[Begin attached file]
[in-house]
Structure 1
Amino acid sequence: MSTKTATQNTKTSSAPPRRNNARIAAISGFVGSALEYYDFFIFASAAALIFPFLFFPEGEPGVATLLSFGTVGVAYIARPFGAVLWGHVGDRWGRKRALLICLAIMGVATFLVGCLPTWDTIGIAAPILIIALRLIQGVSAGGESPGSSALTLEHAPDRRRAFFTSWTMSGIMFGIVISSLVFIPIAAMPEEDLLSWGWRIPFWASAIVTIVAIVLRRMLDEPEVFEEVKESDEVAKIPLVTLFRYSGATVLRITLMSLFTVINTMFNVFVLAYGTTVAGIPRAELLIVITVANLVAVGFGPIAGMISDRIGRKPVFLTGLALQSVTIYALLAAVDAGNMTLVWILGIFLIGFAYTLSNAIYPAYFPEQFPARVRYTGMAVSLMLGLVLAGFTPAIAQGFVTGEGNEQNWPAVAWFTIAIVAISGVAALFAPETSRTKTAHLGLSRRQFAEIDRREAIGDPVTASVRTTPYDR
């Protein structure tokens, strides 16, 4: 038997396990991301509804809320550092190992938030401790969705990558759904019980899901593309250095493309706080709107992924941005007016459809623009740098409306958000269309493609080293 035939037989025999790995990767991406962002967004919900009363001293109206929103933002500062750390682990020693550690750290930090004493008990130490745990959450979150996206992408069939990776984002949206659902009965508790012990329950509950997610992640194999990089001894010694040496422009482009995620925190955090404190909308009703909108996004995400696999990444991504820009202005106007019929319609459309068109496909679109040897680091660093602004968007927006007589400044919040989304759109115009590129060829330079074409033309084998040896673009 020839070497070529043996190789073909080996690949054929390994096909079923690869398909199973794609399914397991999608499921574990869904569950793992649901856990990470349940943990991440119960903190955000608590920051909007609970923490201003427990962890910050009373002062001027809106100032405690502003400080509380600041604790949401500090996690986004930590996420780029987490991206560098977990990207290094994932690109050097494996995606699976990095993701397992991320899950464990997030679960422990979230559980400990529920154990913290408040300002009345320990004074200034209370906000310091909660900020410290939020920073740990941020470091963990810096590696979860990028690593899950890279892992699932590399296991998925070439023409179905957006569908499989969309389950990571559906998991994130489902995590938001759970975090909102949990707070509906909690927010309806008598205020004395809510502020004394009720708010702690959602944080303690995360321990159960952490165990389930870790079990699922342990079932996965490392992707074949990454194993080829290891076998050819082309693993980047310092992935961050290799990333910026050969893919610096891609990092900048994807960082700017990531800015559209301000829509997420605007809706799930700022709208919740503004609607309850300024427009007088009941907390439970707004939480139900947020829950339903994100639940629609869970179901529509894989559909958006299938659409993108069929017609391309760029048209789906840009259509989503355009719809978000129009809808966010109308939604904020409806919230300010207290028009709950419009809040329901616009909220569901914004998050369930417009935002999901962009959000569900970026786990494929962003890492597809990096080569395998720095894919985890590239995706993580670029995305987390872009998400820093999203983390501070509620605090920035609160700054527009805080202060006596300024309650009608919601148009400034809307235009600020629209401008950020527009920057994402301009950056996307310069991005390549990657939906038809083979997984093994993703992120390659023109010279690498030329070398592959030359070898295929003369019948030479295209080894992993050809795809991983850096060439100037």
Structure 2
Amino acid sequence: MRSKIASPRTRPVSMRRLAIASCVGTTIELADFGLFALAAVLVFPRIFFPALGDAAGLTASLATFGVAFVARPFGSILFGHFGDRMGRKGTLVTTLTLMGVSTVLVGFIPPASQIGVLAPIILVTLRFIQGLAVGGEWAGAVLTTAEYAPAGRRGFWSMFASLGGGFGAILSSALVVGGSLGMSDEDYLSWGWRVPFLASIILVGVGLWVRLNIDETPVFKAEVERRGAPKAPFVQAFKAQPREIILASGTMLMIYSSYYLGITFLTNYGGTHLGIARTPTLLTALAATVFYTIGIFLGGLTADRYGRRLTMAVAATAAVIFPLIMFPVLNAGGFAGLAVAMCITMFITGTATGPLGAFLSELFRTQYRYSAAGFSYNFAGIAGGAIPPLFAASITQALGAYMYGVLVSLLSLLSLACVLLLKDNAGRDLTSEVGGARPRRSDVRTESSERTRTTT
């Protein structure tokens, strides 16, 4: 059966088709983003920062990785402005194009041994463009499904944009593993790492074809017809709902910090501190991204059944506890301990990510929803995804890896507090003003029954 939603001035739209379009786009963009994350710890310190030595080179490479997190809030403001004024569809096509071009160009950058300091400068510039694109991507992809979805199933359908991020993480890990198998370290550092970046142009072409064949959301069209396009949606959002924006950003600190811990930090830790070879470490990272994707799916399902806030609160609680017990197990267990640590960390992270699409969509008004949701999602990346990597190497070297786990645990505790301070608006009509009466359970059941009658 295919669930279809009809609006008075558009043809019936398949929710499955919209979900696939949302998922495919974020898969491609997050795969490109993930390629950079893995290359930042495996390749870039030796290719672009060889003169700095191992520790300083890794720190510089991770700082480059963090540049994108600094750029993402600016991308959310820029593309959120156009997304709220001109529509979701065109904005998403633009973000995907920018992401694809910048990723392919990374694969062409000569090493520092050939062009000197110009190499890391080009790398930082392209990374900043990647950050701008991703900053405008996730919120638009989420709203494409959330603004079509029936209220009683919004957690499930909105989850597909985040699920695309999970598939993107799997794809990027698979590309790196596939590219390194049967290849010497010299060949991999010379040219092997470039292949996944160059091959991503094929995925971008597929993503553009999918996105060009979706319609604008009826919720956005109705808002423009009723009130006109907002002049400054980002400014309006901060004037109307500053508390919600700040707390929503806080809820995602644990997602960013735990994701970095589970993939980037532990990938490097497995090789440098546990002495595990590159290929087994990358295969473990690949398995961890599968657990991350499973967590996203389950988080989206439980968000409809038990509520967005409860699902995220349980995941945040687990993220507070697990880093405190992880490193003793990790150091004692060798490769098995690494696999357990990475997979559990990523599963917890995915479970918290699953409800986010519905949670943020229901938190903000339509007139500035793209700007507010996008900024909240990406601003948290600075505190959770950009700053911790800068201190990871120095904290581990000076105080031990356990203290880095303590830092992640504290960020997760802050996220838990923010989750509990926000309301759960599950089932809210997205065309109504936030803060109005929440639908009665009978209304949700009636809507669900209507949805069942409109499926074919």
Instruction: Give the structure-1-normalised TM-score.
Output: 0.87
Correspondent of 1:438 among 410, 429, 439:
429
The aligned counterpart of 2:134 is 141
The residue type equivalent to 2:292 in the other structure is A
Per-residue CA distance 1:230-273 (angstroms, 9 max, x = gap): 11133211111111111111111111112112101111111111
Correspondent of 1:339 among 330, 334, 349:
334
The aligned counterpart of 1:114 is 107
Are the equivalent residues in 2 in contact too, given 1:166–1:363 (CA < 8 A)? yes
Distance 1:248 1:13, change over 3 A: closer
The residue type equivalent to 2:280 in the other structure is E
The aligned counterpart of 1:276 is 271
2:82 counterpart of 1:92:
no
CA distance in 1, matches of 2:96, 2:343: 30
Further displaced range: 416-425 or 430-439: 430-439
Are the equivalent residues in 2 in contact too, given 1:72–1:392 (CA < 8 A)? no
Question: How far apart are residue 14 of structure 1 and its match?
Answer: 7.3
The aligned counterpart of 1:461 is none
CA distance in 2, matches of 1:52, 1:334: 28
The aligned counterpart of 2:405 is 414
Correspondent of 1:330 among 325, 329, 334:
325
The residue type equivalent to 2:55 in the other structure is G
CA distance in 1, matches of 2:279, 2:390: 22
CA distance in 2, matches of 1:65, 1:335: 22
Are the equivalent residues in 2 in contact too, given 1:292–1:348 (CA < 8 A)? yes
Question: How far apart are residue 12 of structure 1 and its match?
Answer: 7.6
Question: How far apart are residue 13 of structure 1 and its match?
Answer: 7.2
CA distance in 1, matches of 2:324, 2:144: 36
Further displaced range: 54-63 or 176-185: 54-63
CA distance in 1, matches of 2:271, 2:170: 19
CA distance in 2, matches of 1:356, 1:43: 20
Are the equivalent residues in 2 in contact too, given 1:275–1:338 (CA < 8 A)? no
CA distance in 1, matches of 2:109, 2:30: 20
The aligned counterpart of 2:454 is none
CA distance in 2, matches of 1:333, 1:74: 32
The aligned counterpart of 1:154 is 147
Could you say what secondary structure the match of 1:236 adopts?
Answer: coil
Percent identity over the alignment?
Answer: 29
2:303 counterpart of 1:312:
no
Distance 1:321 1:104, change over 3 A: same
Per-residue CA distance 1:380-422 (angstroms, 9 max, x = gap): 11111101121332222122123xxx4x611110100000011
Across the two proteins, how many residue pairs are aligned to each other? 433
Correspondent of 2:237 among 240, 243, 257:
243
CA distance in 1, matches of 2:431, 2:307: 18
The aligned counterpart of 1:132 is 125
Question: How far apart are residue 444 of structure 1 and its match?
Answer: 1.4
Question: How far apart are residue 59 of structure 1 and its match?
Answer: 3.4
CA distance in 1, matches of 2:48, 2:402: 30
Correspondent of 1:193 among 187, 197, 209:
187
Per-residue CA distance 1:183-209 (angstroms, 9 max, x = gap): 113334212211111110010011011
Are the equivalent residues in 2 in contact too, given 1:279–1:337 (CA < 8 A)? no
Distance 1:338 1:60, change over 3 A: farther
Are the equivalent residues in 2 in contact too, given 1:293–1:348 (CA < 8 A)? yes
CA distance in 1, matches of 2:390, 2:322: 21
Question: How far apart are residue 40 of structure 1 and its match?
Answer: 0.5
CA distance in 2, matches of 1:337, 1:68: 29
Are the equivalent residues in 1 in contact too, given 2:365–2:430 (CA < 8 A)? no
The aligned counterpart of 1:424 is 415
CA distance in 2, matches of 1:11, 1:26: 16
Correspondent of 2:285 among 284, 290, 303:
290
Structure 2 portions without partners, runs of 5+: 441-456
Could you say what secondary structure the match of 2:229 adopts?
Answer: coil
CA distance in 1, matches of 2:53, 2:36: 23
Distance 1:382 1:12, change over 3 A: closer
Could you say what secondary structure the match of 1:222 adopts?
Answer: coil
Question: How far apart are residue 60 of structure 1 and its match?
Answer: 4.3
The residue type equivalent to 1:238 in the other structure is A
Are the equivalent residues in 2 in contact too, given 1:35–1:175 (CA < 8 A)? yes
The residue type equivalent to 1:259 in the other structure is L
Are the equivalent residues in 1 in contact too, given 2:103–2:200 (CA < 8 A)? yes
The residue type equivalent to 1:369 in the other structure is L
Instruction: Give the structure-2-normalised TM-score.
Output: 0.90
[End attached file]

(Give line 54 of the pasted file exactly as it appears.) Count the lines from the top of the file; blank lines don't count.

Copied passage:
Answer: 29